Wen Jiabao, the Chinese Prime Minister, arrived on a two-day official visit to Budapest on 24 June 2011. He was the first premier from China who visited Hungary since 1987 (when Hungary was still under communist rule). China will buy “a certain sum” of Hungarian government bonds and extend a one billion-euro credit line to Hungary, Wen Jiabao said in Budapest at a joint news conference with his Hungarian counterpart Orbán, who said Hungary had now entered into a new and major alliance with China. The meeting had also controversies: deputy chairperson of parliament’s human right’s committee Tímea Szabó has called for the leaders of Budapest’s police force to give evidence to the committee in connection with their handling of people who protested in support of Tibet. Szabó told MTI in a statement on 25 June that she would investigate personally on what basis the immigration authority (BAH) had called in to its office Tibetan refugees who were living in Hungary legally and had residential and work permits. The Politics Can Be Different (LMP) deeply condemns the police’s treatment of Tibetan refugees and activists demonstrating in support of Tibet. The Help Tibet Society wrote in a separate statement that staff of the BAH on 24 June evening had taken in to the BAH office Tibetan refugees living in Hungary. Further, police had blocked demonstrators from the site of a visit by the Chinese premier.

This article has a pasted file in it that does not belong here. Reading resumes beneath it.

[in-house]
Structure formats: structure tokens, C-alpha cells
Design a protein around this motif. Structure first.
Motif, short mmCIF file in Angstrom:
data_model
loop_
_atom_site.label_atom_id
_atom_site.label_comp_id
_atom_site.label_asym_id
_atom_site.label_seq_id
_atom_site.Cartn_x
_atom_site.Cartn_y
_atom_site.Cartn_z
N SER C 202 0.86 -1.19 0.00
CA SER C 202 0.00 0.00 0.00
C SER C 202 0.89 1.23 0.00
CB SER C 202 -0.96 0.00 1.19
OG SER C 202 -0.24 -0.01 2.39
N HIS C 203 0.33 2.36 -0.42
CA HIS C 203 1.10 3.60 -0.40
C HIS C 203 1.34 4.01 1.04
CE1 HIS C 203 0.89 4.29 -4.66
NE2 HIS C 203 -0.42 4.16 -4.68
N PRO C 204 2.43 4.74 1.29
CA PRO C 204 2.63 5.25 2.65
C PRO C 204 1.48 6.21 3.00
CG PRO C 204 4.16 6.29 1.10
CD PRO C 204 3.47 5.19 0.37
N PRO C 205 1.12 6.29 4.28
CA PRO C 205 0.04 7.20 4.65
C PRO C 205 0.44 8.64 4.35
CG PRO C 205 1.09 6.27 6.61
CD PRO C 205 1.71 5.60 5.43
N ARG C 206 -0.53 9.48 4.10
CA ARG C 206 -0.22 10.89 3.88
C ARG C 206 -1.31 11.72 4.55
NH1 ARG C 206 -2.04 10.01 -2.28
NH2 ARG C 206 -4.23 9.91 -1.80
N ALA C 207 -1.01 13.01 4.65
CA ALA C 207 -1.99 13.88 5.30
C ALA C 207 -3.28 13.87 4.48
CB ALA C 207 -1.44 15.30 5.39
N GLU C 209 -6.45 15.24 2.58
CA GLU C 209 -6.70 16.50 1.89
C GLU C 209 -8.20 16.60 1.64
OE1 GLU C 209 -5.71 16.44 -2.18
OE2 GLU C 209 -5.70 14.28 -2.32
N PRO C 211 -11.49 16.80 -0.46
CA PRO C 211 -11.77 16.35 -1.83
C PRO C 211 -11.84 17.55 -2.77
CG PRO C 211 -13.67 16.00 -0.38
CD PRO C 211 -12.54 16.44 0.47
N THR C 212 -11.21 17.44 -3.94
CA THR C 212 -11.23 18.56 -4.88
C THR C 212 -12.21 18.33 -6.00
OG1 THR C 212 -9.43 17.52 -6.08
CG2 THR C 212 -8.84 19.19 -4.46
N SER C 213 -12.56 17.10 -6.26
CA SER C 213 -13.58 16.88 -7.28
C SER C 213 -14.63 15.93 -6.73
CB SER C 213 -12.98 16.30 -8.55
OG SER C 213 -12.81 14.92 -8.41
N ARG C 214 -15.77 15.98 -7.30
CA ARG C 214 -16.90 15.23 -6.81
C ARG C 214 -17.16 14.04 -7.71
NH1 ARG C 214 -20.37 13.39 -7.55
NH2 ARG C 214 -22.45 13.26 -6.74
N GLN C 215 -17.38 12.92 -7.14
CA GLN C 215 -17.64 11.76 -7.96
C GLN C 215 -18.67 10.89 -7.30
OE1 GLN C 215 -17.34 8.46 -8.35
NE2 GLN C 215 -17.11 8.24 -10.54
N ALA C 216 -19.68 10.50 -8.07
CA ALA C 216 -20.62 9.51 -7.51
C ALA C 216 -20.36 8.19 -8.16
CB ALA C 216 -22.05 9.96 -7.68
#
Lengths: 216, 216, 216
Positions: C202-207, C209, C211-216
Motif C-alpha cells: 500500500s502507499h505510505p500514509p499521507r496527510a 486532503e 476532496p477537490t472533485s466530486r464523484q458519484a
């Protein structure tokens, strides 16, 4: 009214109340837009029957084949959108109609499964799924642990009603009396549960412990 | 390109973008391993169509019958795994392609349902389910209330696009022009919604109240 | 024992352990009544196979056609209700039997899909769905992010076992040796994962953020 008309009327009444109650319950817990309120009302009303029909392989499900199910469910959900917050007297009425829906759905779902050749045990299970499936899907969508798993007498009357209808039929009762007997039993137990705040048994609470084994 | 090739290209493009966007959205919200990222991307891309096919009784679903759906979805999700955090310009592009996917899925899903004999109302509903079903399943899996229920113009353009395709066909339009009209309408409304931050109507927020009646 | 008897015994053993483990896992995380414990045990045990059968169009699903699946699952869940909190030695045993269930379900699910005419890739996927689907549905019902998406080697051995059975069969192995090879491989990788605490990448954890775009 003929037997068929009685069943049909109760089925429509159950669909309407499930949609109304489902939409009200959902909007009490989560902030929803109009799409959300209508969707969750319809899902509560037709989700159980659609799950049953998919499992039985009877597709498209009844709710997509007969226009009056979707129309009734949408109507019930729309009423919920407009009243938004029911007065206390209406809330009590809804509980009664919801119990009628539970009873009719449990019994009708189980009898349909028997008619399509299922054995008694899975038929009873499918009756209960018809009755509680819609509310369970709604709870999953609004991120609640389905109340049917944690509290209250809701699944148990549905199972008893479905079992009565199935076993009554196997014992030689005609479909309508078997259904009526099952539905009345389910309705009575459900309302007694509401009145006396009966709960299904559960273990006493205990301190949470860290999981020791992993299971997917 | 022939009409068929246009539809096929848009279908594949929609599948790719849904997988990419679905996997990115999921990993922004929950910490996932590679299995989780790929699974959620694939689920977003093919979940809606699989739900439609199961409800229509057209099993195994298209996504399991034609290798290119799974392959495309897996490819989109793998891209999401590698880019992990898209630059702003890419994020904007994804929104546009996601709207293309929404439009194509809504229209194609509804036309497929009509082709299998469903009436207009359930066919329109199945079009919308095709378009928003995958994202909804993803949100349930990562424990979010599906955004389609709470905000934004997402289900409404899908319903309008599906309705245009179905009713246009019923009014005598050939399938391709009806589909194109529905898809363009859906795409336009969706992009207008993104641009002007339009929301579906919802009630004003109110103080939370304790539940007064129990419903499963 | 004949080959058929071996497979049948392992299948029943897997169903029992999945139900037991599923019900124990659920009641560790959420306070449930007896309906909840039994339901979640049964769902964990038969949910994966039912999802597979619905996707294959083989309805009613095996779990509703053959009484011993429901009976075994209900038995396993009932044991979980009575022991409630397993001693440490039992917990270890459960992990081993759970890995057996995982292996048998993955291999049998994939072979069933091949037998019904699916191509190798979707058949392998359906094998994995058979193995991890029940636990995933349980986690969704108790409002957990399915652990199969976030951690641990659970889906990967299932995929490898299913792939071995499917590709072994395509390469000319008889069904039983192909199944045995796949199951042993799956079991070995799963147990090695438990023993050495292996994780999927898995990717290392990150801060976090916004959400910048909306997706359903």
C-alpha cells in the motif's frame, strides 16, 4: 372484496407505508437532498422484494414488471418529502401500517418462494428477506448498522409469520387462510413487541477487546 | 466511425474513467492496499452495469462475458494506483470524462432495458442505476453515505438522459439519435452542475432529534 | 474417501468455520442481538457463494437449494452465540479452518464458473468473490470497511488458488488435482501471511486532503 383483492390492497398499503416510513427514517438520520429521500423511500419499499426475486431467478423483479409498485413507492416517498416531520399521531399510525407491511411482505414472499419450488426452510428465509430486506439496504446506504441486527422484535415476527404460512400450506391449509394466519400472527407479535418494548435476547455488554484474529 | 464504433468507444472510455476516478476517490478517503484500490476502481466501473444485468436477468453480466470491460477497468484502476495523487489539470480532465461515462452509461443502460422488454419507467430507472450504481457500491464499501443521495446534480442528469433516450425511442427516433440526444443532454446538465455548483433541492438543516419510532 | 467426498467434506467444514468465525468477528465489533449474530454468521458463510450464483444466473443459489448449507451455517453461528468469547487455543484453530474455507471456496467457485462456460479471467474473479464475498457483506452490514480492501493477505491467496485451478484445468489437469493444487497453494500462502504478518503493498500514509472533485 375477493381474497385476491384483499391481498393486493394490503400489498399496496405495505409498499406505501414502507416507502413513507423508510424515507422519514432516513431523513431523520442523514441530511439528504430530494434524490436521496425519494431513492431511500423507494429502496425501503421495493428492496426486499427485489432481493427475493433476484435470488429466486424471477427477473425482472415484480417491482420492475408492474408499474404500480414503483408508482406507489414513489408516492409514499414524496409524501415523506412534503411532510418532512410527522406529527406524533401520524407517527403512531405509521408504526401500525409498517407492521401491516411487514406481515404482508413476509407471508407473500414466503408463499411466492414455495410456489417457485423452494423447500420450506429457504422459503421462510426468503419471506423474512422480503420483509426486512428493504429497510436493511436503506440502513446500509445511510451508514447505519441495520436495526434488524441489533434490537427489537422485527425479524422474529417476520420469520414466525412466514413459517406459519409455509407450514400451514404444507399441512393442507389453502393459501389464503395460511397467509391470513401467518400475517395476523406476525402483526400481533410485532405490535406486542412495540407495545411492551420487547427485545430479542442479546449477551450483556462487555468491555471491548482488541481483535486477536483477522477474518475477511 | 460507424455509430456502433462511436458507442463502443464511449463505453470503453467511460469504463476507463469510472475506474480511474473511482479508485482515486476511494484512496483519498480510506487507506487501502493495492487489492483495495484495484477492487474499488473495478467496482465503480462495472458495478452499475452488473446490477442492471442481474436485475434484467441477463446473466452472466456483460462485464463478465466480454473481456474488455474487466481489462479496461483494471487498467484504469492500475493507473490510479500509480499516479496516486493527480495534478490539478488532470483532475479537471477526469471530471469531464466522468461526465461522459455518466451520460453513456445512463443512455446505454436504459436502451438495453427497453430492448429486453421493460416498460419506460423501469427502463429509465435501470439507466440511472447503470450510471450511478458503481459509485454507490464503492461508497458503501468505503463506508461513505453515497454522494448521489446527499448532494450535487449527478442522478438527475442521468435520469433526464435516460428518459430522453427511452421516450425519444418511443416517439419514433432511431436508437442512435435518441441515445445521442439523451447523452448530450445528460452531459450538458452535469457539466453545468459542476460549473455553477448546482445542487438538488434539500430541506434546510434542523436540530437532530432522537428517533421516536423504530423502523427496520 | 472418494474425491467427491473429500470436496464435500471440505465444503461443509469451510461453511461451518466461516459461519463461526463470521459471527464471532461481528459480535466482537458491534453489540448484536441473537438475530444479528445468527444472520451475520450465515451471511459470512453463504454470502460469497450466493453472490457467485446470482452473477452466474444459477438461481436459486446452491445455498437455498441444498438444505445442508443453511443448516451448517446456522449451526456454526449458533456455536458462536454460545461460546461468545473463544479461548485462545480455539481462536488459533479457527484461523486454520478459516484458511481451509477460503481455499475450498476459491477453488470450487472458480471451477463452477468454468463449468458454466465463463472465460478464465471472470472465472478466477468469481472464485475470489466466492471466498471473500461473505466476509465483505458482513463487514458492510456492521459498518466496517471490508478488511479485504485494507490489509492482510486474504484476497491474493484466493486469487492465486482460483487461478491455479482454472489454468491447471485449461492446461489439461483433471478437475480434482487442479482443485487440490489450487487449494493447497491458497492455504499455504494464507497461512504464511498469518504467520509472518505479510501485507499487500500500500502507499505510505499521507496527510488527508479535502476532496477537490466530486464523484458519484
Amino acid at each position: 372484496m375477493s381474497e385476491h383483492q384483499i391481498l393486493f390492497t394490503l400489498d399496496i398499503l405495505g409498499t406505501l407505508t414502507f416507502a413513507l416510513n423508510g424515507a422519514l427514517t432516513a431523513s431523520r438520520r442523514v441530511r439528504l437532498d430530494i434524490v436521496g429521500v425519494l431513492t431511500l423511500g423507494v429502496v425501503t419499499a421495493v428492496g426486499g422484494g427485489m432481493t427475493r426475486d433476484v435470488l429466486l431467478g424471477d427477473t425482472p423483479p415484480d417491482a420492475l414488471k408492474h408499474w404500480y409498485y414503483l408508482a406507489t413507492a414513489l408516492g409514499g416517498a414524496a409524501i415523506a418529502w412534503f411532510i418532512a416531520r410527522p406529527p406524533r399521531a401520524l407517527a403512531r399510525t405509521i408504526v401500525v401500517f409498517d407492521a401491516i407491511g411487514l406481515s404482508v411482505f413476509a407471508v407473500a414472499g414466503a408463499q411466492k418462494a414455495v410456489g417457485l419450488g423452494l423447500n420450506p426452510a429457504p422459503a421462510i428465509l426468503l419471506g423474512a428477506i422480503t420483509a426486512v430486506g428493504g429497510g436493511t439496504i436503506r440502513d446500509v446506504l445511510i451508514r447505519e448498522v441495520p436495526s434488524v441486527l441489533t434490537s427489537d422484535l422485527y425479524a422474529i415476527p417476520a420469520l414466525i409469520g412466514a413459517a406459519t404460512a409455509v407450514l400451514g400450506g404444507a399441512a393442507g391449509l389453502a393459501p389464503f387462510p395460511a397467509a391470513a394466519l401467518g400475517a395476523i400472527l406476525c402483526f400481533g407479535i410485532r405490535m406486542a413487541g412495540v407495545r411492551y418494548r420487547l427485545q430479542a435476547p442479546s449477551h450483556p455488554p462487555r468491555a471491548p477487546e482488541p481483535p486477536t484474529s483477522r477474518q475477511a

Viktor Orbán in the media
Viktor Orbán is usually depicted by foreign media as a mainstream Hungarian politician and mention his anti-communist past, while often labelling him a populist. They often voice economic concerns over his proposed growth-based economic reform ideas. In January 2007 The Economist criticised his "cynical populism and mystifyingly authoritarian socialist-style policies".